"The sun glinted off Raymond's gun as he handed it to me. But we just stood there motionless, as if everything had closed in around us. We started at each other without blinking, and everything came to a stop there between the sea, the sand and the sun, and the double silence of the flute and the water. It was then that I realized that you could either shoot or not shoot. But all of a sudden, the Arabs, backing away, slipped behind the rock. So Raymond and I turned and headed back the way we'd come. He seemed better and talked about the bus back." (56)
This passage in Albert Camus' "The Stranger", translated by Matthew Ward, discusses some of the events that eventually lead up to Meursault's shooting of the Arab, mainly the unveiling of Raymond's gun. It begins with Raymond pulling out his gun that he intends to use, or have Meursault use to shoot the Arab.
Camus describes the gun very powerfully, saying that the two men stand around it "motionless, as if everything had closed in around (them)." This description gives the gun a power over the humans, who seemed to be in awe of this object. Camus continues with his description of their reaction by saying, "We stared at each other without blinking, and everything came to a stop there between the sea, the sand and the sun, and the double silence of the flute and the water." This description shows how the two men are now complexly enveloped in the power of the gun, drowning out the nature around them. It seems that they have quietly, without words, understood the gun's power and somewhat foresee what is about to unfold.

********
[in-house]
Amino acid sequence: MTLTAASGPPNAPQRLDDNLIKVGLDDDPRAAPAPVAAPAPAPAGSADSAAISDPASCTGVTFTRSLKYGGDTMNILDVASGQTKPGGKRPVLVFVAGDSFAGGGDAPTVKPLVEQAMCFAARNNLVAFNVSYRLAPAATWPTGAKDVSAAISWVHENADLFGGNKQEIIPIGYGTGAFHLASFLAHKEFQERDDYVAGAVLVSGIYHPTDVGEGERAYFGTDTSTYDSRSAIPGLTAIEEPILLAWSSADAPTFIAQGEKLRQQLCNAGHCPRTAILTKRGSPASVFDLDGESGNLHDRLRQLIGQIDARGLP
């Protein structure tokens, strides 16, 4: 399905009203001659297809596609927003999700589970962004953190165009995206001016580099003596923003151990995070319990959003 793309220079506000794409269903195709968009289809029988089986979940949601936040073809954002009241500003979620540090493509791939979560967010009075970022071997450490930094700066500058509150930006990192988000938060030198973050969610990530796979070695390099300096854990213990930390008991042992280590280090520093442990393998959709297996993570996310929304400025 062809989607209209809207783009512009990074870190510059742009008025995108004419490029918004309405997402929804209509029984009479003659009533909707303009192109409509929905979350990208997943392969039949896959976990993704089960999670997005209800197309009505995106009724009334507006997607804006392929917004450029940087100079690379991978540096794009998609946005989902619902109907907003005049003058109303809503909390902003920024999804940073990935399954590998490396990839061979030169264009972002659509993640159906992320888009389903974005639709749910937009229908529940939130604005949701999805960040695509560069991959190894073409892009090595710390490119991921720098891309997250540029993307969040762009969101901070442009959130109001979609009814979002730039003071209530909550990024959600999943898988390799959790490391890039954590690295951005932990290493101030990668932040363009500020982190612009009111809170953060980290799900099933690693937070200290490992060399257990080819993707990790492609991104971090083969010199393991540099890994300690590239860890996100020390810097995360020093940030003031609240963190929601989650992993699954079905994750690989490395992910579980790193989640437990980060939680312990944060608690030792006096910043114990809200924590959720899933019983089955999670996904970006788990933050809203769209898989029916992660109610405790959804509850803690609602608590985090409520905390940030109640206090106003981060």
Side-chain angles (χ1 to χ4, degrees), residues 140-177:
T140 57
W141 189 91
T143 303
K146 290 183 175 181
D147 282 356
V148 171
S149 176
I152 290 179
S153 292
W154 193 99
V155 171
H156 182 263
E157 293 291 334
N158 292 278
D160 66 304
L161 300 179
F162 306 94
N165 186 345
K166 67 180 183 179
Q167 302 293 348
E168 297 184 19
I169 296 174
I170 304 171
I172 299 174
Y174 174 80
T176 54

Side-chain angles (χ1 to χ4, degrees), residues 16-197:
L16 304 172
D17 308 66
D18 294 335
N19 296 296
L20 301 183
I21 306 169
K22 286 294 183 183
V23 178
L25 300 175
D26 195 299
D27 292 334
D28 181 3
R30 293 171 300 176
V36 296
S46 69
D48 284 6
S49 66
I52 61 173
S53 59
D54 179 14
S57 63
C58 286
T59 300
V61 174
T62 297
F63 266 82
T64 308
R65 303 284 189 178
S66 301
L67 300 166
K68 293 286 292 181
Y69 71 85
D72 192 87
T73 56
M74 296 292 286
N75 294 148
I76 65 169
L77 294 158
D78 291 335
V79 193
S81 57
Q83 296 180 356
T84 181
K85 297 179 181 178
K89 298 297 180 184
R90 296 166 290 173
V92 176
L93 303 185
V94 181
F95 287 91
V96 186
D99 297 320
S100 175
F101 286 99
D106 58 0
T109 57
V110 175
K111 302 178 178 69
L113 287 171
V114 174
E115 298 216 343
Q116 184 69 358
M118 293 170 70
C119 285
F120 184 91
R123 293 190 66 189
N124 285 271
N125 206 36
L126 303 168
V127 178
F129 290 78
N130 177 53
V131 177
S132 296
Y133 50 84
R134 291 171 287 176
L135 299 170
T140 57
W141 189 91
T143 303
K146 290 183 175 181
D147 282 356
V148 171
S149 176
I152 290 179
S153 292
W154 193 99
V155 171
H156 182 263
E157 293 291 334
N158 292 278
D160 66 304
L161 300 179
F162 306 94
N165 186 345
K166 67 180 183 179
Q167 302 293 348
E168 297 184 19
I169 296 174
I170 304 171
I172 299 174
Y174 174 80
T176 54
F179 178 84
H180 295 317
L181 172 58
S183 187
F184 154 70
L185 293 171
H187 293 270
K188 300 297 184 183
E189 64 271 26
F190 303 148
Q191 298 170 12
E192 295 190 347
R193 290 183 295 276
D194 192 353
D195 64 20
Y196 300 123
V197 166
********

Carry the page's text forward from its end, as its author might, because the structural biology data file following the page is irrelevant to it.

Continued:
Meursault then says to himself, "It was then that I realized...